White powder found in luggage of woman travelling with 'Brazilian drugs mule' was baking soda
White powder found in the luggage of woman travelling on the plane in which a Brazilian drugs mule died was baking soda.
Forensic analysis carried out at the state laboratory has confirmed the woman's claim that the powder was not an illegal substance.
John Kennedy dos Santos Gurjao, a Brazilian national, died on board Aer Lingus flight EI 485, when a consignment of drugs burst in his stomach on Sunday
The 24-year-old had ingested approximately 0.8kg of suspected cocaine which were wrapped in 80 individually wrapped pellets.
It is estimated the drugs had a street value of approximately €56,000.
“Every seizure we make is a suspected drugs seizure until the forensic people decide otherwise,” a Garda source told independent.ie
“What was found in him as part of the post mortem has just gone off for toxicology testing.
The 24-year-old suffered a violent seizure during the flight, shortly after it had left Lisbon bound for Dublin.
A 44-year-old woman on board the plane was subsequently arrested by Gardai under drugs trafficking legislation.
The passenger, who was born in Angola, but who has a Portuguese passport and lives in Dublin, was taken to Togher Garda station in Cork where she is being questioned by Gardai.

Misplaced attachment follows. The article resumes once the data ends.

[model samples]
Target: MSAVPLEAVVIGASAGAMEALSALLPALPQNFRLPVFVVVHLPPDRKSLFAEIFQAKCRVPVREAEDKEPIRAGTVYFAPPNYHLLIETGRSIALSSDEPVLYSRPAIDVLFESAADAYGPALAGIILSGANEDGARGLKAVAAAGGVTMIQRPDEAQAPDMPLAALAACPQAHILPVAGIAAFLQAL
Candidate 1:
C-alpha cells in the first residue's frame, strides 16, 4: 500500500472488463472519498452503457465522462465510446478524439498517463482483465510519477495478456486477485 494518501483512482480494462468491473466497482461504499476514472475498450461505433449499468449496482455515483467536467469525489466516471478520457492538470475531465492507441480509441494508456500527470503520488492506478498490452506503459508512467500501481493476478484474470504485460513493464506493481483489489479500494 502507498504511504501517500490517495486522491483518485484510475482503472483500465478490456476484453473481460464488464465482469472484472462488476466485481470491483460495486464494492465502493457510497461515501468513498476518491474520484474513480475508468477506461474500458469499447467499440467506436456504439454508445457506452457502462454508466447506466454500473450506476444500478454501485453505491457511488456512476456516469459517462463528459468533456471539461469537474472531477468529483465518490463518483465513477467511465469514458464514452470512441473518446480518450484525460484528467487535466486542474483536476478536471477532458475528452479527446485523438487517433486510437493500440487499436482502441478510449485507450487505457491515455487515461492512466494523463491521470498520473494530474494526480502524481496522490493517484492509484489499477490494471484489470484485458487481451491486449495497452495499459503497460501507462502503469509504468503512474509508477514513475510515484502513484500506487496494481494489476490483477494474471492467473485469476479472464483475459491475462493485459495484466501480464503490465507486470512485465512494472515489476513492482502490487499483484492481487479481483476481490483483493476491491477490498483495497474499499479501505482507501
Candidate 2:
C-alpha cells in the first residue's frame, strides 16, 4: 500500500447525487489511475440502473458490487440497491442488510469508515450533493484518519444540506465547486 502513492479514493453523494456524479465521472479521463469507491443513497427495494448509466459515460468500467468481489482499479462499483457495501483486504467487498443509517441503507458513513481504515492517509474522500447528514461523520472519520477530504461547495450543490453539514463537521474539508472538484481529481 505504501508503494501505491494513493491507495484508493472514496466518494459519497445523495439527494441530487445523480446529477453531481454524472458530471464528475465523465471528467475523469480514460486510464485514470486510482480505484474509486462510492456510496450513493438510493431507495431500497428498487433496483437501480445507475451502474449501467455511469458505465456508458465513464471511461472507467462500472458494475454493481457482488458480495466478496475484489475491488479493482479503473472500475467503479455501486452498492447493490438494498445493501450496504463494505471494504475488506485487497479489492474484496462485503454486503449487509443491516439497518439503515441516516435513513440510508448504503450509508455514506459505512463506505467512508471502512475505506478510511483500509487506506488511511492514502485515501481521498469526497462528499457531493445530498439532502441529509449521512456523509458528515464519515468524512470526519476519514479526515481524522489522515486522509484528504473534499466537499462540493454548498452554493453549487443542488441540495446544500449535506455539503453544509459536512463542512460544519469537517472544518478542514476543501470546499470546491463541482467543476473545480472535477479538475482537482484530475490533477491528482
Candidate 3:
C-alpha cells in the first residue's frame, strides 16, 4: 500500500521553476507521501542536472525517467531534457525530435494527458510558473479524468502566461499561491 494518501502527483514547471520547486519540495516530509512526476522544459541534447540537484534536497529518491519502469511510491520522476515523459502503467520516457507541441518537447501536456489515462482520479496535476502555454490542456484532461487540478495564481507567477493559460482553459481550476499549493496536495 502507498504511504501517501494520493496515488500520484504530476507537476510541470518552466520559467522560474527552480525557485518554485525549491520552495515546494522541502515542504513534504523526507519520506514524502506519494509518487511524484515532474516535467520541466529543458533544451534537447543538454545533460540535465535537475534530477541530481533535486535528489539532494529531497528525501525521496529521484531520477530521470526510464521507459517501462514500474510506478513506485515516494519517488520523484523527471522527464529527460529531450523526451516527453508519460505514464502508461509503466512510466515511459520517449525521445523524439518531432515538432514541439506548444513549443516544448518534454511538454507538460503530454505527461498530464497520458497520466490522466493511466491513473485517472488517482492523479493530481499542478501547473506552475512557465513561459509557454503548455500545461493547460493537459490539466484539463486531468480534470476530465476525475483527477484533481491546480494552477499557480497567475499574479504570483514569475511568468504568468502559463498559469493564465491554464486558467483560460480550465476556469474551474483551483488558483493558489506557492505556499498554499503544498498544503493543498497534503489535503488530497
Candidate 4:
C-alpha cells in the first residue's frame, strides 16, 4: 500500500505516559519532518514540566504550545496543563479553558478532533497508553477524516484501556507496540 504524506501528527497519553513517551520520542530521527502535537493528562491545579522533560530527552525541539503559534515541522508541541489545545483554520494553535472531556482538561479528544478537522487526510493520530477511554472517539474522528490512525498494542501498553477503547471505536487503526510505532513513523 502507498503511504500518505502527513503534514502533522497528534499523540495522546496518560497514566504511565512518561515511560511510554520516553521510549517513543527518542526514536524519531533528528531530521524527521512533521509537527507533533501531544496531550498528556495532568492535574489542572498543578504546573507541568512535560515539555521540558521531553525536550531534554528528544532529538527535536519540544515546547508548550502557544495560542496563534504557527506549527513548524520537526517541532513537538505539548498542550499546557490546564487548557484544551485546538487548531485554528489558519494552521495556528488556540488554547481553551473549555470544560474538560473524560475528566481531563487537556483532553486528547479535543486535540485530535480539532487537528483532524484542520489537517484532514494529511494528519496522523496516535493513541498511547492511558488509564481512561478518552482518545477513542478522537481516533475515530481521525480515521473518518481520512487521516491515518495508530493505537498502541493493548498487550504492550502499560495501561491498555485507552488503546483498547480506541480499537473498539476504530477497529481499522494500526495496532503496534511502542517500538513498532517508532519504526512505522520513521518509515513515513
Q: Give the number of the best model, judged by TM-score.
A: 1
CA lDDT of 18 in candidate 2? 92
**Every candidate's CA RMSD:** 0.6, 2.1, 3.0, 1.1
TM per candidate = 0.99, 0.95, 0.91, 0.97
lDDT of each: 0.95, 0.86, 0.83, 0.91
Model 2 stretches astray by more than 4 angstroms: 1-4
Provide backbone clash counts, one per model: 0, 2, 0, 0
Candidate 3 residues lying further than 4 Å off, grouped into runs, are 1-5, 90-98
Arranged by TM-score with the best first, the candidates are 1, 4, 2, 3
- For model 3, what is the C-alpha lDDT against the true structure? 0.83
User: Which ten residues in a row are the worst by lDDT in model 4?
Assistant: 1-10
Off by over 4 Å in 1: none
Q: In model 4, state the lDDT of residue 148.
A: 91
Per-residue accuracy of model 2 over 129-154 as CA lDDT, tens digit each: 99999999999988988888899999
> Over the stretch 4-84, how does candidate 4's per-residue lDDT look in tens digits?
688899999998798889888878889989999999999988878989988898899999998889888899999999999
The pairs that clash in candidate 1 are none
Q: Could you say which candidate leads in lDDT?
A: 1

It is understood other passengers identified her as someone who was in the company Santos Gurgao before boarding the flight.
When gardai searched her luggage, they discovered 1.8kg of white substance.
Aer Lingus cabin crew were forced to use handcuffs to restrain Mr Gurgao when he began to convulse due to violent seizures.
The decision was made to divert the flight to Cork airport shortly before 5.40pm.
He was declared dead despite attempts to resuscitate him.
A Garda spokesman confirmed that a number of packages had been recovered from the body of the deceased during the course of a post-mortem examination.
“The post-mortem has taken place. A number of packages have been recovered and have been forwarded for forensic examination,” the spokesman said.
“The toxicology results are awaited.”
Corkman John Leonard was on the flight, described the scene after the man first appeared to suffer a seizure, and who had to be restrained at the back of the plane before collapsing.
"Horrible. I would say a very violent end - to die that way in the back of an aeroplane, it's not right. It was not very pleasant at all," he said.
One man who attempted to restrain the passenger was bitten on the arm.
Mr Leonard told PJ Coogan's Opinion Line on Cork's 96fm two nurses and a doctor tried to resuscitate the man.
The captain of the flight had asked if there were any medics on board.
"After that it got worse I would say, his seizure seemed to get worse. He was actually on the ground shaking violently," Mr Leonard said.
"The noise he was making was like something I have never heard before.
"It's not something you'd hear everyday. It was like deep anguish is the best way I could describe it, very, very troubled. Not screaming in a sense you know if you'd hurt yourself or something, just a very guttural, from deep within him."